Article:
On 19 December 2007, the Council extended BINUB’s mandate until 31 December 2008. The resolution urged the FNL to return to the JVMM immediately and without preconditions and release all children associated with it. It also encouraged the Burundian government and FNL rebels to abide by the peace agreement and refrain from actions that would undermine its implementation. The Council urged the South African facilitation, the regional peace initiative, the AU, BINUB and other international partners to enhance efforts and find a closure to the peace process. The Council issued a similar call in a statement issued after a briefing on 28 November 2007 by the Facilitator of the Burundi Peace Process, Charles Nqakalu.

Related Developments in the Peacebuilding Commission (PBC)

On 27 November 2007, the PBC finalised its Monitoring and Tracking Mechanism (PBC/2/BDI/4) for the Strategic Framework for peacebuilding in Burundi, adopted in June 2007), signaling an entry into the phase of implementation of the peacebuilding priorities of the country. The first review of the Framework is scheduled for 25 June.

On 6 December 2007, the Chairman of the country-specific configuration of the PBC on Burundi, Norwegian Ambassador Johan Løvald, briefed the Security Council in private on the work of the PBC with regard to Burundi. He also visited Washington DC on 27 and 28 February to discuss the priorities of Burundi with the Bretton Woods institutions and the US government.

The PBC issued its second conclusions and recommendations on Burundi on 20 March. This highlighted peace process developments. The report noted that the UN, together with such groups as the Regional Peace Initiative and the AU, were working in tandem to assist in putting the Agreement into effect. It indicated that a new political directorate had been established in Bujumbura comprising representatives from the government, the FNL, the AU, Tanzania, Uganda, South Africa and the EU, among others, with the objective of promoting dialogue on obstacles to implementing the Agreement. The PBC recommended that the government continue to explore all ways to resolve differences with leaders of the FNL.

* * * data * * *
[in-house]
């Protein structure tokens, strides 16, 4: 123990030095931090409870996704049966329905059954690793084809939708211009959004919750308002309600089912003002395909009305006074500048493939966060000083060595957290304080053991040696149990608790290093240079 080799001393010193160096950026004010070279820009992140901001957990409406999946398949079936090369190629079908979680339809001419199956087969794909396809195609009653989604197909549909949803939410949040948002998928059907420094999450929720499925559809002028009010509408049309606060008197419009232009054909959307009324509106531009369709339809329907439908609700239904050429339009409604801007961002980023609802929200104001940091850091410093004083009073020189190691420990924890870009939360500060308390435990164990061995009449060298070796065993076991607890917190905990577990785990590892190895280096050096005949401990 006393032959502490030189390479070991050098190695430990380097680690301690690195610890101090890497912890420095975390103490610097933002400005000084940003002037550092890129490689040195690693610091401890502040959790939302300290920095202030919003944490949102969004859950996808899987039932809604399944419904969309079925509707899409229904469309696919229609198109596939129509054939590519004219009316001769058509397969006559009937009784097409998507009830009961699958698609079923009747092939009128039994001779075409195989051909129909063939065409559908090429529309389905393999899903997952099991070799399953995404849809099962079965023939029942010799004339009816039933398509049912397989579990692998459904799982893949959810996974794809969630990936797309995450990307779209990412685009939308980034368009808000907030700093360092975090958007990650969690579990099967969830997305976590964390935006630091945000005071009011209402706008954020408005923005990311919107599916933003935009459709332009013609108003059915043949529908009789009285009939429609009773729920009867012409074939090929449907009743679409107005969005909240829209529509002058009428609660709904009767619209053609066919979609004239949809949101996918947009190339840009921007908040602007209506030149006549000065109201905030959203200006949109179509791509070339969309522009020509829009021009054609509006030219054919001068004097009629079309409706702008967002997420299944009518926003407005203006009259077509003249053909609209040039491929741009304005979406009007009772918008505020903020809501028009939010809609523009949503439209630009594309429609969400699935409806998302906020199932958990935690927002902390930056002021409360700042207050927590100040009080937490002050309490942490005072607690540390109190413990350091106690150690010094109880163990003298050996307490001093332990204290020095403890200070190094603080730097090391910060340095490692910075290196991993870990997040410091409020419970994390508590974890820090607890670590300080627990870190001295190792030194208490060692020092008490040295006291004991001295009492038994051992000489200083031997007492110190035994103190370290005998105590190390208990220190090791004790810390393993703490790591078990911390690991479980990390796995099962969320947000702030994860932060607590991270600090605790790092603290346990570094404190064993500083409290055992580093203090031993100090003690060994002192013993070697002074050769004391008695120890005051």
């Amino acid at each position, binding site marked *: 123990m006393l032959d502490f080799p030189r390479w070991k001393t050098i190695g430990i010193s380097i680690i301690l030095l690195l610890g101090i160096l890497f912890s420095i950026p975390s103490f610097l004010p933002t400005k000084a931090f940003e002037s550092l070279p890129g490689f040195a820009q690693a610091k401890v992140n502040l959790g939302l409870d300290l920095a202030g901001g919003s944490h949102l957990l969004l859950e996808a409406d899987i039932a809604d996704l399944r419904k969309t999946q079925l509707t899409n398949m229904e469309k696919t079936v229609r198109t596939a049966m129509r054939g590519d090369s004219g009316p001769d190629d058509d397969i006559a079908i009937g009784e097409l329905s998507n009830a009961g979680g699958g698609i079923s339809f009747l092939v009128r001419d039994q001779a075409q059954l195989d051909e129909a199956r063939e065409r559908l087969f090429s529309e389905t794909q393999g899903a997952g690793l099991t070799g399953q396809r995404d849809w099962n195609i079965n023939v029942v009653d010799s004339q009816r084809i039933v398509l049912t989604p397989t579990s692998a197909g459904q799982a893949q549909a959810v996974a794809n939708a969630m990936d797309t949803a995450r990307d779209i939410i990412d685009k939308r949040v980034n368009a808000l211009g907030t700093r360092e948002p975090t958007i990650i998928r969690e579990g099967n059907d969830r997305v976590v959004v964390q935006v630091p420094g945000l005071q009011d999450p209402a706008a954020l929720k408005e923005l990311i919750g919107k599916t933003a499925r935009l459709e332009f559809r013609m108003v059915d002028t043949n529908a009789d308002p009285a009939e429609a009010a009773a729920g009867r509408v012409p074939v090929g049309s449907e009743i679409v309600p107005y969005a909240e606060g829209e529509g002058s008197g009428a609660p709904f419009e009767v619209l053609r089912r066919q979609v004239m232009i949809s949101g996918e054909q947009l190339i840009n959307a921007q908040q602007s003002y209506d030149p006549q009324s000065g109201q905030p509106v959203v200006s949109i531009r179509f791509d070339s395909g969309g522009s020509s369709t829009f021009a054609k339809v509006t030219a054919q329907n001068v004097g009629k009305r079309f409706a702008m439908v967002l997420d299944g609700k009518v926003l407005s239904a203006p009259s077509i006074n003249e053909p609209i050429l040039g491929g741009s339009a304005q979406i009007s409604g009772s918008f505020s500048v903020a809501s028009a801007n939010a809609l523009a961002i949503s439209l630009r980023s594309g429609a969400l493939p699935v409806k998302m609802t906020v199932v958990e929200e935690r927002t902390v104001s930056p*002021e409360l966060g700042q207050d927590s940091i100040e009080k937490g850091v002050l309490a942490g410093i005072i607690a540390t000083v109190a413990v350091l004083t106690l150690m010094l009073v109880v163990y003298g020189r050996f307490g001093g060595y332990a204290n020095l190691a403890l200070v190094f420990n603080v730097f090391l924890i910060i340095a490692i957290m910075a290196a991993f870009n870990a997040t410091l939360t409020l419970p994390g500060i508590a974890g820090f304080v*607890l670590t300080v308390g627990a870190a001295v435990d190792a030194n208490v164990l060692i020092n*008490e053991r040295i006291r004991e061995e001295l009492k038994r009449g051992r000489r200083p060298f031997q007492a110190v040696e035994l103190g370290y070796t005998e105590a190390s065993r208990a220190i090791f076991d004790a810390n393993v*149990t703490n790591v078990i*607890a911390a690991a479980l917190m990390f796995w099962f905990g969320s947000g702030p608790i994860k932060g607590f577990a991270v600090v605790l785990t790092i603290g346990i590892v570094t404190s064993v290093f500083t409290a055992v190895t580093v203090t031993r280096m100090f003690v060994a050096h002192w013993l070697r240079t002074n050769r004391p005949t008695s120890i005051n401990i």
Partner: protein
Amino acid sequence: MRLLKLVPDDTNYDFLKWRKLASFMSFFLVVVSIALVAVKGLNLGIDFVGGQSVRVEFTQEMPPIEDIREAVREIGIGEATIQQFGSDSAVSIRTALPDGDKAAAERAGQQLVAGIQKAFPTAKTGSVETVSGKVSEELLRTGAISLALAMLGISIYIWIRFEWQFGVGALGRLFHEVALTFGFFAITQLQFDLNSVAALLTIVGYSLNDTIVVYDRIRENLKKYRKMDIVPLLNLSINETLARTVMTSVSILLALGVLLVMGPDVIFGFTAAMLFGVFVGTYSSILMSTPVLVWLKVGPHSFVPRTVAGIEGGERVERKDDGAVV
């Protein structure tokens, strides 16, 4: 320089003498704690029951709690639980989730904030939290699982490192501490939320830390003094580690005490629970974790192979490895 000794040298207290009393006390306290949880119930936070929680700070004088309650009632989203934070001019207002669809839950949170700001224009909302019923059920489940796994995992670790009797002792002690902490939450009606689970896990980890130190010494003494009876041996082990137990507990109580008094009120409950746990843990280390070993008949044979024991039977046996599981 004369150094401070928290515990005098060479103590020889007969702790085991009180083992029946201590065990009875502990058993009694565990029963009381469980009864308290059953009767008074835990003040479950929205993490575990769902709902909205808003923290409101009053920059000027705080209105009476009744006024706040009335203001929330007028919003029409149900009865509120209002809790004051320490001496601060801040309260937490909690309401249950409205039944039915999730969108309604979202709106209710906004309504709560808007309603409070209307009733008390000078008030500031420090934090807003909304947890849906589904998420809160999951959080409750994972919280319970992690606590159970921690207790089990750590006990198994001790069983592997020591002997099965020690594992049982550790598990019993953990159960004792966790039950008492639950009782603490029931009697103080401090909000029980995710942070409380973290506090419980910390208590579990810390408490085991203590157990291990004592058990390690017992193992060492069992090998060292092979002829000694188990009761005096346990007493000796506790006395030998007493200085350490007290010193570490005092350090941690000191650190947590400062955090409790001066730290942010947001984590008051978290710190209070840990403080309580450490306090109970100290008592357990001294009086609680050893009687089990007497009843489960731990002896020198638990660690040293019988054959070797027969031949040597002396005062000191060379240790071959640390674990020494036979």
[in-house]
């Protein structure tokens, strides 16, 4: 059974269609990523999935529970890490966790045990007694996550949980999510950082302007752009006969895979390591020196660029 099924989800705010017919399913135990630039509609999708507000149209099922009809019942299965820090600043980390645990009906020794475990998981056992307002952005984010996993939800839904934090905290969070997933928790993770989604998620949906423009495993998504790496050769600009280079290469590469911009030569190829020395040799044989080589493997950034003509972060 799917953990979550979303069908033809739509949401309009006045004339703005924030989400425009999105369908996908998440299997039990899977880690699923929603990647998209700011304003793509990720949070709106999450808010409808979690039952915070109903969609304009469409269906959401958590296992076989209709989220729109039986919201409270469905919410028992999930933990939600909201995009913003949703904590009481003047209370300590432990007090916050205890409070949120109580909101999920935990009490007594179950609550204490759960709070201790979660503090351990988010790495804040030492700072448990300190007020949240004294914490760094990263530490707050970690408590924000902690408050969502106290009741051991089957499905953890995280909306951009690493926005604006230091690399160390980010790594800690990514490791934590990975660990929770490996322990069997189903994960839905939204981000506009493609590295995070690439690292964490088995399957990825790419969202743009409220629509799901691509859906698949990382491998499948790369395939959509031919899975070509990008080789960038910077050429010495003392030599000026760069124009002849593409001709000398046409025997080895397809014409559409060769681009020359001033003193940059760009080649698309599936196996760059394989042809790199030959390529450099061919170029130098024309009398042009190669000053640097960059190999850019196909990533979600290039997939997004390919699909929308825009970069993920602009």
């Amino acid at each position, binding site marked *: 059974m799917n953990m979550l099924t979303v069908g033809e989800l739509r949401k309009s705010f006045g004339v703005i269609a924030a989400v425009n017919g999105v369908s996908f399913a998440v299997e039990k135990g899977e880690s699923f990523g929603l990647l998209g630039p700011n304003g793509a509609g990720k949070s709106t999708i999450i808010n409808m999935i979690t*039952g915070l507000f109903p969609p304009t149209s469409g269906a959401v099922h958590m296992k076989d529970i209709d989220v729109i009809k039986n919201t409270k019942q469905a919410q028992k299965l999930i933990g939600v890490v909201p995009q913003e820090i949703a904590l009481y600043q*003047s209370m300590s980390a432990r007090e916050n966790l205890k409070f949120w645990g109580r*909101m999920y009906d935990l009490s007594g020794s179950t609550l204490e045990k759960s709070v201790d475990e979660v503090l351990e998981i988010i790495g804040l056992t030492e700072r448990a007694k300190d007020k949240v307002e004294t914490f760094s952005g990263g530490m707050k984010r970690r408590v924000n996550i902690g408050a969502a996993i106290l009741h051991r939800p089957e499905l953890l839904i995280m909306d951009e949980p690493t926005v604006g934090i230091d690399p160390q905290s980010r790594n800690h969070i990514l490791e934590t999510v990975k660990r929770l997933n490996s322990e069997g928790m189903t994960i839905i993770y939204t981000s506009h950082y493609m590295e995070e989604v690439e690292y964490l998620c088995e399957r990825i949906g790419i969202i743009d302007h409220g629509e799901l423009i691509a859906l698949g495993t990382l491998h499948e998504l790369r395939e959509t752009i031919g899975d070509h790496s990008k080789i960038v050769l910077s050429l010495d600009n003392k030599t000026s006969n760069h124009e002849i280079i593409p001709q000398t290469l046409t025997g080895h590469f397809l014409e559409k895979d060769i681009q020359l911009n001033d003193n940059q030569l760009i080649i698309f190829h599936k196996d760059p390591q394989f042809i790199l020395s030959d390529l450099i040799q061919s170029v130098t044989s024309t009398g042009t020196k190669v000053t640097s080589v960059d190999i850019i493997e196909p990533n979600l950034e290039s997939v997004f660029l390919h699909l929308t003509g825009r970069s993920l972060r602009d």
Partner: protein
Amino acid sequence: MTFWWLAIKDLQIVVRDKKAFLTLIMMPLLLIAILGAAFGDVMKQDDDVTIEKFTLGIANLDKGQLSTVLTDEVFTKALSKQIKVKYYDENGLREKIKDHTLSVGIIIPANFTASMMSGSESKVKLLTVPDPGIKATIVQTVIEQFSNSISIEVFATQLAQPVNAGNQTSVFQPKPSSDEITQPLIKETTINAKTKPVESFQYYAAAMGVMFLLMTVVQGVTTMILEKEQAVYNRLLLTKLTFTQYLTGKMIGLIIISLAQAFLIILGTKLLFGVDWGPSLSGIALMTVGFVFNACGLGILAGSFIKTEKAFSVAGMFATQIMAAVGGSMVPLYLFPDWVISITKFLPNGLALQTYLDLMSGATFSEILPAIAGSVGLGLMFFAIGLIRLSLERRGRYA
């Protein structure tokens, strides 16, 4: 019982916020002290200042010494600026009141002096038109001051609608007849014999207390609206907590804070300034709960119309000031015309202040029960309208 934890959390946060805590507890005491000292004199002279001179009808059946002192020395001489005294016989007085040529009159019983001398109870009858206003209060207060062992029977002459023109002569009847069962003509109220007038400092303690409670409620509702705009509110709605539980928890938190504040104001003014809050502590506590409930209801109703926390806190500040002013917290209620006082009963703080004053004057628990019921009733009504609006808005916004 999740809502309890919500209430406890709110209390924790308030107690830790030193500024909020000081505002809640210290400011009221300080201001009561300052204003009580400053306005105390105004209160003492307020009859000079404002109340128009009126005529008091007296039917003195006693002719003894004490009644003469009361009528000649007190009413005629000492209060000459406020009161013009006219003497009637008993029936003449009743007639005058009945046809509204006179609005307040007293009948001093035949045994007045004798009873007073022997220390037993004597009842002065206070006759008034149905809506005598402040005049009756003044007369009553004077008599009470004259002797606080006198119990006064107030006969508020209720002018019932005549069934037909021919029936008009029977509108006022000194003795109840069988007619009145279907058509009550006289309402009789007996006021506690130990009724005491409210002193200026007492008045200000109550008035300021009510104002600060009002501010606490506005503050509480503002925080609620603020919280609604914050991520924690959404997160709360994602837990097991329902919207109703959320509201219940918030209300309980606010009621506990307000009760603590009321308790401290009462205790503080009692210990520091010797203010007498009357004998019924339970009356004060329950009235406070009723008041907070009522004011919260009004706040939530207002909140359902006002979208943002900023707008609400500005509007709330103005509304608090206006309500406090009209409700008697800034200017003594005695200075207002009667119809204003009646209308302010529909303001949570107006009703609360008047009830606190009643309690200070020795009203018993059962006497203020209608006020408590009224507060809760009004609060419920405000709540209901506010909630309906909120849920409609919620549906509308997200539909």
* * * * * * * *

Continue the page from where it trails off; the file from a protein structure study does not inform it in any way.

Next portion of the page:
A PBC field trip to Burundi scheduled for the week of 21 April, to follow up on the country’s peacebuilding priorities, was delayed at press time because of clashes between Burundian government forces and FNL elements in Bujumbura.

Key Issues
A key issue for the Council is whether Burundi—which looked like a possible success story ready to be passed to the PBC for intense post conflict peacebuilding—may have to be characterised as relapsing into conflict. A related issue is whether in fact the peacekeeping operation was actually withdrawn prematurely. The deadlock in implementing the ceasefire agreement between the Government and the FNL created by the suspension of the work of the JVMM is an immediate practical concern. Also the political stalemate in parliament, internal struggles within the ruling party and the perceived heavy-handedness of the government in dealing with opponents continue to pose problems in achieving benchmarks of BINUB’s mandate (including elements on peace consolidation, security sector reform and civilian disarmament, human rights and justice and socioeconomic development).

Another key issue in light of the above is how to enhance the complementary efforts by the Council and the PBC in more effective ways for dealing with the situation in the country.

Options
Possible options for the Council include:

  • a resolution demanding that the FNL re-engage in the JVMM and with the government in political and other confidence-building incentives, and deciding on targeted sanctions measures that could be brought into force if the FNL leaders refuse to comply;
  • a statement addressing the mounting evidence of heavy handedness by the government, and applying leverage to steer it towards a more sustainable approach to the stalemate;